Putting Away Summer
The frost on the picnic table last week told me it’s no longer time to just think about putting away summer.
Part of putting away summer is retiring the sandals, shorts and tank tops and replacing them with sweatshirts, turtlenecks and socks. Switching wardrobes isn’t as much fun as it used to be. Every year for the last several years that middle age spread spreads a little farther over the top of the pants that fit last year, even though I haven’t gained any weight (well, not that much). One positive about winter clothes is their bulk camouflages those bulges.
Another positive aspect of switching wardrobes in these middle years is that I’ve forgotten about some of that stuff and so it’s like getting new clothes without spending any money. My rancher likes the part about not spending any money.
The pile that doesn’t fit goes in the tote designated for the church rummage sale. It would be nice to replace what doesn’t fit with something a little more stylish. The problem there is that while my brain is thinking “Style”, my body is screaming “Comfort!” Alas—I’ll probably never own a pair of black leather pants. When they would have looked good on me, I couldn’t afford them. Now black leather wouldn’t bankrupt me, but it would make me look like one of those aging motorcycle mamas I saw too many of on their way to the Sturgis motorcycle rally. Thankfully, my midlife crisis isn’t that severe.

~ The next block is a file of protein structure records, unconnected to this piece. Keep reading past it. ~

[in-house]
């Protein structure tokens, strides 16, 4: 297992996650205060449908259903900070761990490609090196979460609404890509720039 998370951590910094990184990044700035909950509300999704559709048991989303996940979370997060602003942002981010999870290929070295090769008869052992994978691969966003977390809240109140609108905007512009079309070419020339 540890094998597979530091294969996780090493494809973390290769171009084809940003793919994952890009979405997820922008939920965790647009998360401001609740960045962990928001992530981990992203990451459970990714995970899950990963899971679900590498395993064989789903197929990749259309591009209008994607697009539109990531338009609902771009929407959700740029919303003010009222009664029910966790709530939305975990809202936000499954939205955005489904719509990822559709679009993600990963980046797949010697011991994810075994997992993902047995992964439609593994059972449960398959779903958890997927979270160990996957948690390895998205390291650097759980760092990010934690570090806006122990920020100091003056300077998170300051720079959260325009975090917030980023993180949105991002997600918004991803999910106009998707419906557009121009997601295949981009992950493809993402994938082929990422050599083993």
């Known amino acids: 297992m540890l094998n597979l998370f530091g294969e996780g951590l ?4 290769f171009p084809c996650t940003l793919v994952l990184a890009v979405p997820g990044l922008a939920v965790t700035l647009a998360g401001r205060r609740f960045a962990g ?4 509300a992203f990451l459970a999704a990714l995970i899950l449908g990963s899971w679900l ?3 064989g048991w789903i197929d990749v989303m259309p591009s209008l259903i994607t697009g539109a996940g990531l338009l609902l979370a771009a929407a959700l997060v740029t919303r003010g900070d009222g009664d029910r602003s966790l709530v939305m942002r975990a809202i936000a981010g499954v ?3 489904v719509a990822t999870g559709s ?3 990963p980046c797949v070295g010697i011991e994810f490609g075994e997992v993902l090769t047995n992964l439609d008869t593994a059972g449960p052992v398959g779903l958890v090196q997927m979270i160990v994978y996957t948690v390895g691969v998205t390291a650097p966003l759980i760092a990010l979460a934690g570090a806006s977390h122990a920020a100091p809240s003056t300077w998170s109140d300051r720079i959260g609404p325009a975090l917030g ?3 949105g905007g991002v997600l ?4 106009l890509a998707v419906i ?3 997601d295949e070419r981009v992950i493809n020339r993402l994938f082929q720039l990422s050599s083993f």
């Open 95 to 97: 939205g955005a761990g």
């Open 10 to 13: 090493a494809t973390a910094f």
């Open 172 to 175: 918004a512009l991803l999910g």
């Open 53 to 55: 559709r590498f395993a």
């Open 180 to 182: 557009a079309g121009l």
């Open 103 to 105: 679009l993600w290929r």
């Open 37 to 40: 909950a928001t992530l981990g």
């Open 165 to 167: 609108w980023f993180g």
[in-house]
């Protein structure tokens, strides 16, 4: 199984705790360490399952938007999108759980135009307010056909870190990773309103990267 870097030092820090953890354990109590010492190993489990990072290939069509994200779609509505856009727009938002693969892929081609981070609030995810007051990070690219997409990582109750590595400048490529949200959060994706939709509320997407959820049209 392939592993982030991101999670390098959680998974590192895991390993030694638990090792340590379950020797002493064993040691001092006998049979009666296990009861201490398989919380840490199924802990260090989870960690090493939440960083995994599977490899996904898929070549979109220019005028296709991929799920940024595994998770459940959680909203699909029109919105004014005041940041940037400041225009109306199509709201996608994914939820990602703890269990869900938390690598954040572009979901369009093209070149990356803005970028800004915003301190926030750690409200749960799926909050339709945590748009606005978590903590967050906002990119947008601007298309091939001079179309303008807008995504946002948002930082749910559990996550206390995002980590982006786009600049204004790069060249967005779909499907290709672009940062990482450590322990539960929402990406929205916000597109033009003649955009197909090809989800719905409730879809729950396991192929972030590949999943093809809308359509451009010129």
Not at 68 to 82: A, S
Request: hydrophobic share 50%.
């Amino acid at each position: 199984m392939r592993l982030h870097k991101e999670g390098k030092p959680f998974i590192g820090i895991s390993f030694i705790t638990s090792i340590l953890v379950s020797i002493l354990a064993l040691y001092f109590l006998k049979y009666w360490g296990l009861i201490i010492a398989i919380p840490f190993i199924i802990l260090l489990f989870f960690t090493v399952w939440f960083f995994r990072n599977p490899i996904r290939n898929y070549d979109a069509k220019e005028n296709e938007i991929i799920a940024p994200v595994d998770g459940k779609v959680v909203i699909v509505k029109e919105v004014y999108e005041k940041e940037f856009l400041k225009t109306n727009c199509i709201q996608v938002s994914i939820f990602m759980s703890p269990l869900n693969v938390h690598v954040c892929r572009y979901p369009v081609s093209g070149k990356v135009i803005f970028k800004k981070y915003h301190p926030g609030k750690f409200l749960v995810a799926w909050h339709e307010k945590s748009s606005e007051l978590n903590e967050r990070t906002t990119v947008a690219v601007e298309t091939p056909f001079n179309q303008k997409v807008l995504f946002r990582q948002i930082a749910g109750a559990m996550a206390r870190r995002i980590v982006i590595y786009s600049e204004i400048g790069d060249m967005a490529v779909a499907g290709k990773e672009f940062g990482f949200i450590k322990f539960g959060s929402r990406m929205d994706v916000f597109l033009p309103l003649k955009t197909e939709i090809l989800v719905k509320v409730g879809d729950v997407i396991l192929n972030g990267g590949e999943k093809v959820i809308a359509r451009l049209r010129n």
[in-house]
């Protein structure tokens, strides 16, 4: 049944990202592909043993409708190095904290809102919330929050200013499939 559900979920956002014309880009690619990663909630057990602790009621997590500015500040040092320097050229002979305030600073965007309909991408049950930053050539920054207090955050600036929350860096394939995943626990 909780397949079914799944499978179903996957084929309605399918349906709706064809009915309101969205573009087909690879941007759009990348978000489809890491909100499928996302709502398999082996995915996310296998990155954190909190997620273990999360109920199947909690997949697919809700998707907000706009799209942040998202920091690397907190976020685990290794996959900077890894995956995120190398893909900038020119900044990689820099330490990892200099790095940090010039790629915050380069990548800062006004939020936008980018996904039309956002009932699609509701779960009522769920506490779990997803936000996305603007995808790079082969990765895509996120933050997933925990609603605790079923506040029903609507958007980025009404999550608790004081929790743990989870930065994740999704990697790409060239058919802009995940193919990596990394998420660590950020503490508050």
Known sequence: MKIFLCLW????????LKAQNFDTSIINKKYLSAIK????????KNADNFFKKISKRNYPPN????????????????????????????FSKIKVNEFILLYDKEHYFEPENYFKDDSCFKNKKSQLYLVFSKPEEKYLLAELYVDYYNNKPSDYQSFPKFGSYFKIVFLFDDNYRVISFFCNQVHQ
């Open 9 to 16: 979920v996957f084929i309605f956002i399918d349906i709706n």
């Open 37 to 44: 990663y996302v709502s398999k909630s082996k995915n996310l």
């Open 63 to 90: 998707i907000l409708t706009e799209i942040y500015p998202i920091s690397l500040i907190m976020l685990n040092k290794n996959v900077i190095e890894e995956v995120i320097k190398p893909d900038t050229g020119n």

Ranchers don’t own summer and winter clothes. “Good” shirts and jeans and “everyday” shirts and jeans fill my rancher’s closet. “Good” shirts are fairly new with no holes or stains. “Everyday” shirts were demoted from “good”, or came in a box of castoffs from the city relatives. (He’s the only I guy I know of outside of the Ralph Lauren commercials that checks cows wearing designer shirts.) By fall, his clothes get so full of grease and manure stains, that putting away summer means deciding which are still “everyday” and which are rags. At Christmas, he gets a new supply of good shirts and so the cycle continues.
There isn’t a whole lot more to say about his wardrobe. I suppose the space in this column devoted to his and hers is representative of the closet space in many farm and ranch homes along the 100th Meridian.